This contrast is visible in everything from the locations to the characters, with a particular emphasis on females. Rich “enfants gates” that spend their time on the border of a swimming pool in their rich father`s villa, talking about make up and coiffeur, whispering on their fancy mobiles and elaborating on the latest fashion magazine coming from the West – and young educated girls that are pushed to sell their bodies to pay for their parents` health treatments-. The middle class is astonishingly absent from this picture -as it is, in reality, fading away from Syrian society class composition-. Middle class is shrinking everywhere in the entire world, as a result of the globalisation process that makes the rich richer and the poor poorer: but in Syria this process dramatically involves all the values that middle class traditionally brings to society, its dedication to education and hard work, its belief in self-initiative and self-making, its urban background. The females protagonists of “Whatever you possess” -Leila, Alia and Nadine- represent three prototypes well alive in contemporary Syrian society. Their complicated relations with men are mostly based on exploitation, submission, dependence, inequality, frustration and on a unbalanced exercise of power. To this respect, every social class seems to be the same -no differences between the rich and poor, the shrinking middle class being even more desperate as more conscious of the process that is leading to its own disappearance-.

Whatever you possess” is made up of luxury villas and poor suburbs, smoky bars full of belly dancers and Qoranic schools, women dressed in “total black” and kinky “femme fatales” going from one party to another. It shows a society which is totally permeated with liberalization and globalization but hasn’t developed its “anti corps” , being only able  to read this process in financial terms (i.e. being empowered to buy the latest luxury car or mobile) but not in cultural ones.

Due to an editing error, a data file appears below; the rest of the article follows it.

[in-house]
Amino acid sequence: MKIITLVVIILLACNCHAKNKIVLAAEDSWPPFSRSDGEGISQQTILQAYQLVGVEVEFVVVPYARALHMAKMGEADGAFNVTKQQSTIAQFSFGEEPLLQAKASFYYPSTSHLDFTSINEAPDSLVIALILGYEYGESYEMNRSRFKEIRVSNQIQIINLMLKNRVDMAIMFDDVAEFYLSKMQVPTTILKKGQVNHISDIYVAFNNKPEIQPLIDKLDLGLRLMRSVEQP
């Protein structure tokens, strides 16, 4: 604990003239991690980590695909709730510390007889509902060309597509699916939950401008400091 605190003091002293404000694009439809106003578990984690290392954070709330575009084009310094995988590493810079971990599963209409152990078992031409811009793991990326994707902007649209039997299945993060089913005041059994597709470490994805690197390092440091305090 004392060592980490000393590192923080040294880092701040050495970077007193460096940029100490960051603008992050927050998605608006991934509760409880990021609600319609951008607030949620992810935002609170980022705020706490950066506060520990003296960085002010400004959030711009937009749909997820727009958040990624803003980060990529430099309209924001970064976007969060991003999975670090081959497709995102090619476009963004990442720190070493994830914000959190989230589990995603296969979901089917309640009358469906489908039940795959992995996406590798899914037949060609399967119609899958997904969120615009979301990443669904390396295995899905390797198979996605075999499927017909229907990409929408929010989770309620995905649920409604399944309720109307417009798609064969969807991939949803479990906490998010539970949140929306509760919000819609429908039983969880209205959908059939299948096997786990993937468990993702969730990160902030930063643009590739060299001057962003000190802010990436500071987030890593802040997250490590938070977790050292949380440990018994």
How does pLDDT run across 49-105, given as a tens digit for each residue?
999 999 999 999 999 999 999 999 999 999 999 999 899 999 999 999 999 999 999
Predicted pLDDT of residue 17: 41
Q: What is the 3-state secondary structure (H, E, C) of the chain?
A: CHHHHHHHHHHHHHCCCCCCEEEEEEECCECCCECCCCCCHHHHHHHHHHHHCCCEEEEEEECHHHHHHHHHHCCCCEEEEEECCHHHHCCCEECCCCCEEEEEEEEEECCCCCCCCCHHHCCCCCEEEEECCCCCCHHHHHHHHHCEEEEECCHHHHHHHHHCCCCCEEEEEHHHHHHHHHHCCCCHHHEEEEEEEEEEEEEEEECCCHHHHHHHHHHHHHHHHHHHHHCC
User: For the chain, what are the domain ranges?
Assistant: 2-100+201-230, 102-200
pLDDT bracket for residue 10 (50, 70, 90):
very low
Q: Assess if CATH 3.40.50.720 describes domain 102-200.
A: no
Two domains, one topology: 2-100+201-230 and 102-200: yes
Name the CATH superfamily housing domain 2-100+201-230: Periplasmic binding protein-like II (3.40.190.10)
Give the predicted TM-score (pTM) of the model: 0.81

I remember Najdat showing the promo of “Whatever you possess” to a Danish non Arabic speaking audience in Copenhagen. The results was amazing, as people could understand -through the powerful visual language – the story he wants to tell, maybe much more universal than as it looks at a first glance.

During the past few years, Najdat Anzour has smartly dedicated his career at “universal” issues that are of Westerners` and Arabs` common concerns, I.e. terrorism, relations between religions, issues like the Danish cartoon controversy. I`ve always found this very interesting but I have to say that I`m happy to see “Whatever you possess” focusing on Syrian society, debating about it, pointing out at its problems. Being more local he has probably become more universal, and even more understandable by us Westerners, even the non Arabic speakers, as those folks in Copenhagen. There is a lot of criticism in Syria in respect to this kind of “Syrian neorealism” featuring all the problems and the contradictions of the Syrian society on Regional TV screens, moreover during the holy month of Ramadan. People say those fictions don`t offer any solution for social change, just portray the bad side of a society. However, I think that through TV works as the latest Anzour`s, people could at least become conscious of some issues and realize they do exist, instead of using TV just as a way to escape in an imagery past that existed once or probably never existed.